How to Fix Brake Discs on a Bike

How to Fix Brake Discs on a Bike
Braking in an integral part of mountain biking, and disc brakes are a great addition to any mountain bike. They increase your stopping power and give you more control of the bike. They're especially more effective than rim brakes in wet conditions, although the use of disk brakes leaves your disc exposed to damage on rough trails due to their positioning. Knowing how to repair brake discs can help you stay on the trail.


Difficulty: Moderately Easy

Things You’ll Need:
  • Bike stand
  • Hex key set
  • Cardboard sheet or carpet strip
  • Thread lock liquid
  • Rag or small hand towel
  • Channel locks
  • Meal file
Step 1
Secure the top tube of the bike in a bike stand. Balance the bike as evenly as possible before clamping the stand on the frame. Rotate the wheel with the damaged brake disc slowly watching for wobbles and other obvious damage, taking mental notes of where these are. Loosen the quick release on the wheel. Slide the wheel gently away from the bike. Set the wheel with the disc facing upwards.
Step 2
Straighten bent brake discs by placing a rag over the damaged portion of the disc. Place the jaws of the channel locks on the rag, over the disc, and grip the disk gently. Apply pressure in the opposite direction of the bend, bending slightly past center.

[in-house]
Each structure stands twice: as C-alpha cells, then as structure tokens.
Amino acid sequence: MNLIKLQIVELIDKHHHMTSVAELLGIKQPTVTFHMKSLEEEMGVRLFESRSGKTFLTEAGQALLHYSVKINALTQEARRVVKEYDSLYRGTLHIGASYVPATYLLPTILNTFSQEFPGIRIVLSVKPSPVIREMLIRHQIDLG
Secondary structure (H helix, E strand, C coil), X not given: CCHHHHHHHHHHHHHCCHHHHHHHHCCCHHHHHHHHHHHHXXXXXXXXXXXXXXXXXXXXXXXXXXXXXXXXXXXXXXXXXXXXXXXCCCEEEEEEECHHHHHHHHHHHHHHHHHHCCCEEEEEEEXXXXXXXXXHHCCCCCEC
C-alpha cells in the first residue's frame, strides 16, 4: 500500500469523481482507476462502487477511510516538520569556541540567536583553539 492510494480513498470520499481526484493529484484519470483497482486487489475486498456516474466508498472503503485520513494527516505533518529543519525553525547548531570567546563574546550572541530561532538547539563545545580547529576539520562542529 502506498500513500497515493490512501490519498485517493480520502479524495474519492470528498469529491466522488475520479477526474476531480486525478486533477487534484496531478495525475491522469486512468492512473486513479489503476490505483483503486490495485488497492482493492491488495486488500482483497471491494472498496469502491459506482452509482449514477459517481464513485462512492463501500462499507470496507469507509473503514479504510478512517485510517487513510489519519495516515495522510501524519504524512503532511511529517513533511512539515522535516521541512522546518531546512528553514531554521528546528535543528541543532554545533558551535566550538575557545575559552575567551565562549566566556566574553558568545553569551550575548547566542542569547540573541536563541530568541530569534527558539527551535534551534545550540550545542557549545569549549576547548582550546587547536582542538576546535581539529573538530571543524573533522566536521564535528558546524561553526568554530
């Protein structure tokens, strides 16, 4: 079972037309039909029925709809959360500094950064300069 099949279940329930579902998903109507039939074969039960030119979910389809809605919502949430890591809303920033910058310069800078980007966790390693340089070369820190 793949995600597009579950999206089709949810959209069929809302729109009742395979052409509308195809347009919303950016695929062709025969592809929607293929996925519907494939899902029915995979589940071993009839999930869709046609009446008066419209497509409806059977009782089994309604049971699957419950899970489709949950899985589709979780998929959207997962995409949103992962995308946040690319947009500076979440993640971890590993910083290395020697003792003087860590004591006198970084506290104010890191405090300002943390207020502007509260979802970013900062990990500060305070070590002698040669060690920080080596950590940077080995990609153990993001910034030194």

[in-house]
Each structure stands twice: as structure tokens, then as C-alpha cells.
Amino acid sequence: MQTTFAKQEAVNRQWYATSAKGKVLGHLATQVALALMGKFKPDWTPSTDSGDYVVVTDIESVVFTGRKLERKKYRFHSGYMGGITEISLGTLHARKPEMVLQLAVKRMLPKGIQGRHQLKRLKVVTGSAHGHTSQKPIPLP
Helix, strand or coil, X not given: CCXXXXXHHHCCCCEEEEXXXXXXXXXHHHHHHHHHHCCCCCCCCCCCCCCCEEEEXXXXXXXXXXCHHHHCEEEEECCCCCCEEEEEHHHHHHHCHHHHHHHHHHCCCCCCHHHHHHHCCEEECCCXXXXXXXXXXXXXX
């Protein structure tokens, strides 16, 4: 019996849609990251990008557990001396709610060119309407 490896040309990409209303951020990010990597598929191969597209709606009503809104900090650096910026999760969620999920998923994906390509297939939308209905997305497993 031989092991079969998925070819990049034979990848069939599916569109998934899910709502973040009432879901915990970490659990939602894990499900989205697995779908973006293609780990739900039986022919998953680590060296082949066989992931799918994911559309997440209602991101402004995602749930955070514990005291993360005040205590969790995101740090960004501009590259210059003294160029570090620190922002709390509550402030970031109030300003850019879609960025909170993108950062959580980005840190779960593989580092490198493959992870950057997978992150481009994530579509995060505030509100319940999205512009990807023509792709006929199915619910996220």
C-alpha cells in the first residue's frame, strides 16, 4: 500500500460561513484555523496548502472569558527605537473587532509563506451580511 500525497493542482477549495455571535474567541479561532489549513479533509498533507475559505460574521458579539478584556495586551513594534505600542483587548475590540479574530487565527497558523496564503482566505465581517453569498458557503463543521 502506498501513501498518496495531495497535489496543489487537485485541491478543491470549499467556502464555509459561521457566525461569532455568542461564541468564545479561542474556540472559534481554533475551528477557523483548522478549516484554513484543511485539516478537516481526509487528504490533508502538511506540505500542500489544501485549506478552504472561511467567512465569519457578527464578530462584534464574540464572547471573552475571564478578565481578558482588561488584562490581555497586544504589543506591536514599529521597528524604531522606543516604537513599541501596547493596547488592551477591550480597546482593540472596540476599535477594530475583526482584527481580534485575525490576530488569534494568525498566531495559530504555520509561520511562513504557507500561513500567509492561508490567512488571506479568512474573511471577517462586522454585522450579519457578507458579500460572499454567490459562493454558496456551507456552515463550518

Step 3
Set the wheel upright and stand over the wheel. Look at the brake disc to see if any bends are noticeable. For bends you can see, lay the wheel down with the disc facing upward. Repeat the previous step until you can see no more bends with the wheel standing.
Step 4
Fold the rag up and hold it over both sides of the brake disc. Slide the rag around the disc feeling for any potentially rough edges. Grind any rough edges down by gently rubbing a file across rough spots and nicks in the edge of the brake disc.
Step 5
Clean metal shavings and any other impurities with a rag and alcohol. Rub the disc thoroughly and let the alcohol dry completely. Place the wheel back on the bike, and tighten the quick release. Rotate the wheel slowly watching for any damaged or bent areas on the brake disc. Remove the wheel and repeat Steps 3 and 4 for discs with additional damage. Discs too damaged to repair or use, must be removed using a hex key. Place the new brake disc on the hub and dab a drop of thread-locking liquid on each bolt as you install it.

Tips & Warnings

Repair damage as you find it rather than waiting until it gets worse
Do not pinch the vice grips too tight against the brake disc as doing so can permanently damage the metal surface

Article Written By Jeremy Slaughter

Jeremy Slaughter is a tax, accounting and small business expert. After completing his master's degree in accounting at Keller Graduate School of Management, Slaughter co-founded an accounting and tax firm where writing plays a daily role.

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